Sunday, January 02, 2005

Killing Due Process

To their credit, Senators Richard Lugar (R-In) and Carl Levin (D-Mi) have come out in opposition to Pentagon and CIA requests for the White House to develop a permanent approach for indefinitely detaining suspected terrorists they are unwilling to set free or turn over to US or foreign courts for trial. Included among these "suspected terrorists" are hundreds of people currently in US custody for whom the government lacks evidence to charge in courts.
We've been here before with this Administration. In its zeal to pursue the "war on terror" it has been eager to not just trample on but to eliminate the concept of due process for those it has arrested or detained, here or on foreign soil, American or foreign, under suspicion of committing or aiding those who have committed or would commit acts of aggression or terrorism against the US. Last summer's Supreme Court decisions against the Administration in the Hamdi and Padilla cases seems to have done nothing to discourage Bush's people from their pursuit of unreviewed lifetime detentions or cause them to rethink just how such a concept fits in with our Bill of Rights.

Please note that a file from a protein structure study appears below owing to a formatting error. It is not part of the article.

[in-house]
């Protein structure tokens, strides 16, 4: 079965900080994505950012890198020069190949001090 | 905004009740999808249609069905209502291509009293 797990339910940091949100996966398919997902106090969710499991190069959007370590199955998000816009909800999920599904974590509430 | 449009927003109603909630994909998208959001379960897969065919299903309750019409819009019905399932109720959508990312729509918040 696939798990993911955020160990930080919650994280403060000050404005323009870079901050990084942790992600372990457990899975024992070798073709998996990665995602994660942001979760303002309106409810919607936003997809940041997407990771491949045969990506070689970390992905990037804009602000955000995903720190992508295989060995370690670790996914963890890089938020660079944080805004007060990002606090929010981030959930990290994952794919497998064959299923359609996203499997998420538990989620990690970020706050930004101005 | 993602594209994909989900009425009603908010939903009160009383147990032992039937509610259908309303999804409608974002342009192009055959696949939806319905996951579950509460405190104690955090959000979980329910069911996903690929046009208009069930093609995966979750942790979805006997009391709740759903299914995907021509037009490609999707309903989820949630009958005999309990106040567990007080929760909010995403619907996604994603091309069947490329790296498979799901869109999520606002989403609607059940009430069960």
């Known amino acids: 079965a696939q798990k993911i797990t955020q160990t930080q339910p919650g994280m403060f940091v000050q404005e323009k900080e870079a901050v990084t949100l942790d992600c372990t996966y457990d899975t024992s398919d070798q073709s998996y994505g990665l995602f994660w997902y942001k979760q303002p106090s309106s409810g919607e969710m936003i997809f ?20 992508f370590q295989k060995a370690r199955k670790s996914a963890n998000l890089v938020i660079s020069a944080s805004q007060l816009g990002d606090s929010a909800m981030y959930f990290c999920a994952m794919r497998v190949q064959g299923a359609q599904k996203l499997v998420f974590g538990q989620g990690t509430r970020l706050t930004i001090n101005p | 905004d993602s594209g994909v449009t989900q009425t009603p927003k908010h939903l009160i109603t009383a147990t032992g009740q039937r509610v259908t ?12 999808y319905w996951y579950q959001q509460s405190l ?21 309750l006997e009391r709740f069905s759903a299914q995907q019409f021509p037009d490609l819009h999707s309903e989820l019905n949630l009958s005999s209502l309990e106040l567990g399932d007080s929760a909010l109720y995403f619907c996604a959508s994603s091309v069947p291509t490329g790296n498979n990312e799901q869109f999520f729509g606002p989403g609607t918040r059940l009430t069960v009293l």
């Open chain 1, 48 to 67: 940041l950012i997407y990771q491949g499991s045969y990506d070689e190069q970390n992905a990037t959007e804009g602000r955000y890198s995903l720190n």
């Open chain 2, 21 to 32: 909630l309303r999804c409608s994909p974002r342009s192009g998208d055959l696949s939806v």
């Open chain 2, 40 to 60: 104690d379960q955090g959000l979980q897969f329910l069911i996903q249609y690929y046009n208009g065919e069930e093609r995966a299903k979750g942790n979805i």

According to the Washington Post story, "As part of a solution, the Defense Department, which holds 500 prisoners at Guantanamo Bay, Cuba, plans to ask Congress for $25 million to build a 200-bed prison to hold detainees who are unlikely to ever go through a military tribunal for lack of evidence," and have "no more intelligence to share."
On Fox News Sunday, Lugar had this to say of the Administration's scheme, "It's a bad idea. So we ought to get over it and we ought to have a very careful, constitutional look at this." Earlier, California Representative Jane Harmon, vice chairwoman of the House Intelligence Committee, had said, "I think there should be a public debate about whether the entire system should be so secret." Levin, also appearing on Fox News Sunday, said, in opposition to the plan, "There must be some modicum, some semblance of due process . . . if you're going to detain people, whether it's for life or whether it's for years."
I wonder how the "moral values" crowd feels about things like this. I wonder if they think it's okay to set aside two hundred and thirty years of hard won safeguards against government excess in the name of expediency in waging this so-called war. When our President says "freedom is on the march" and the Fighting 101st Keyboarders praise our President's middle east crusade, I wonder how they factor in actions like this. Is freedom at home negotiable? For everybody, or just for those dusky foreigners?
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